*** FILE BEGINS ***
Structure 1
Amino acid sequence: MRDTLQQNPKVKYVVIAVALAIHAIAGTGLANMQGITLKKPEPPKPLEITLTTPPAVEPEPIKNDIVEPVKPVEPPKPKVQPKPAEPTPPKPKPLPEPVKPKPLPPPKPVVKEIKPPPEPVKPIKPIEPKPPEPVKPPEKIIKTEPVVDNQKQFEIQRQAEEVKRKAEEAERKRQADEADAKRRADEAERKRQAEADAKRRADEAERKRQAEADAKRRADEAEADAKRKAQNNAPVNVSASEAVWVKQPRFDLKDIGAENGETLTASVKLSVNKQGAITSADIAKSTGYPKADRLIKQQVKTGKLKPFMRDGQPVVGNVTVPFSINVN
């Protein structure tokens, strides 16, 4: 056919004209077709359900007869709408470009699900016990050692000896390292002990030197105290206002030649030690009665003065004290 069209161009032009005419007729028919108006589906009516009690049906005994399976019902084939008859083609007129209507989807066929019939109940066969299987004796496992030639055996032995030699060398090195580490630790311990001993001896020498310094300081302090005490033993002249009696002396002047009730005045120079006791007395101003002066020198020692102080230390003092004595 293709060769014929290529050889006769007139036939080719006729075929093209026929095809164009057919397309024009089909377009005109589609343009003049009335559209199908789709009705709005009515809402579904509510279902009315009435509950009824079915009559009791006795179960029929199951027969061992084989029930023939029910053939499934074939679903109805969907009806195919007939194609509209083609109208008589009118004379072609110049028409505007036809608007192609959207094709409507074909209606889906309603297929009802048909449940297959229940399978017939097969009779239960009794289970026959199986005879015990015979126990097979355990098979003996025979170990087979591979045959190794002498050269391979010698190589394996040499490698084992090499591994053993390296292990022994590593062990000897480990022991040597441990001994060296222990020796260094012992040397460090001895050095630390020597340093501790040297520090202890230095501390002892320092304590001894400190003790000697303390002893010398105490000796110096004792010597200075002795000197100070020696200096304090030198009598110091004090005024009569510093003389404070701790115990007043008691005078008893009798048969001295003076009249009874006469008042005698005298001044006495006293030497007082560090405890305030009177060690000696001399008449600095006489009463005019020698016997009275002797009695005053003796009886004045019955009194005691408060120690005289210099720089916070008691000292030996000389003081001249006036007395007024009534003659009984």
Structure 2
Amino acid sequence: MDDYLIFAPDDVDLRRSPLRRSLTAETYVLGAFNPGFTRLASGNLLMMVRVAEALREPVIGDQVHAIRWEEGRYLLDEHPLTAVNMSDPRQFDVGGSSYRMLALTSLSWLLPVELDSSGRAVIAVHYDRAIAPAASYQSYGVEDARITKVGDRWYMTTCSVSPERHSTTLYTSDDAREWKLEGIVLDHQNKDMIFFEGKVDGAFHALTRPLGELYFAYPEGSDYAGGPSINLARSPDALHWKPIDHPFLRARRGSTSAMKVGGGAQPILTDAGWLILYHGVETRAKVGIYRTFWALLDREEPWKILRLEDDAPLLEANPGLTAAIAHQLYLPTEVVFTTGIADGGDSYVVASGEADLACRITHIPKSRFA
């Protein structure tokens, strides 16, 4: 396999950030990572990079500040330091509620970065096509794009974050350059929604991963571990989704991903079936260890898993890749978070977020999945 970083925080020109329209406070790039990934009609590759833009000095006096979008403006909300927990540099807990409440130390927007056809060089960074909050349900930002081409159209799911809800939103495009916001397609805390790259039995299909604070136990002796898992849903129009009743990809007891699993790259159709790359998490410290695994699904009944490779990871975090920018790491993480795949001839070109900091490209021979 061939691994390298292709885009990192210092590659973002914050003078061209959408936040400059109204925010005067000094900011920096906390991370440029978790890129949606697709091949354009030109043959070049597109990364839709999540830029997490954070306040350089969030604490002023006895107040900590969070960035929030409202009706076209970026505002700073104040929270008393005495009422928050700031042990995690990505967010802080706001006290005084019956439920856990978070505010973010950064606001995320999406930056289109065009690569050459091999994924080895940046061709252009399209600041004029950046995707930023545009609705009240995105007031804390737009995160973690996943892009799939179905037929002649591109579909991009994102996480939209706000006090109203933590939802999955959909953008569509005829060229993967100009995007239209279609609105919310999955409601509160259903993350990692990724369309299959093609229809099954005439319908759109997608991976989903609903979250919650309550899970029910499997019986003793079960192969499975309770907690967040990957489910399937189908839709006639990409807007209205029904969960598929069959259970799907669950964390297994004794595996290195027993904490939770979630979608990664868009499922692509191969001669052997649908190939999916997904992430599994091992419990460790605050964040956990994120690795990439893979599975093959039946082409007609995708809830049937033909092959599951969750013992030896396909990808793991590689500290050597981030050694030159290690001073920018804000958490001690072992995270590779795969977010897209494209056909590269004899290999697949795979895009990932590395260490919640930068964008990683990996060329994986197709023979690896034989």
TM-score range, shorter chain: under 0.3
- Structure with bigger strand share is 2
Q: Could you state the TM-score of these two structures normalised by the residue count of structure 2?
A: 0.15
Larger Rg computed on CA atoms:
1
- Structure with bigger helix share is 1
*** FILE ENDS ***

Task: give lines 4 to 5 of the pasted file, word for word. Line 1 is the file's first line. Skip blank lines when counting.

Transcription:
Structure 2
Amino acid sequence: MDDYLIFAPDDVDLRRSPLRRSLTAETYVLGAFNPGFTRLASGNLLMMVRVAEALREPVIGDQVHAIRWEEGRYLLDEHPLTAVNMSDPRQFDVGGSSYRMLALTSLSWLLPVELDSSGRAVIAVHYDRAIAPAASYQSYGVEDARITKVGDRWYMTTCSVSPERHSTTLYTSDDAREWKLEGIVLDHQNKDMIFFEGKVDGAFHALTRPLGELYFAYPEGSDYAGGPSINLARSPDALHWKPIDHPFLRARRGSTSAMKVGGGAQPILTDAGWLILYHGVETRAKVGIYRTFWALLDREEPWKILRLEDDAPLLEANPGLTAAIAHQLYLPTEVVFTTGIADGGDSYVVASGEADLACRITHIPKSRFA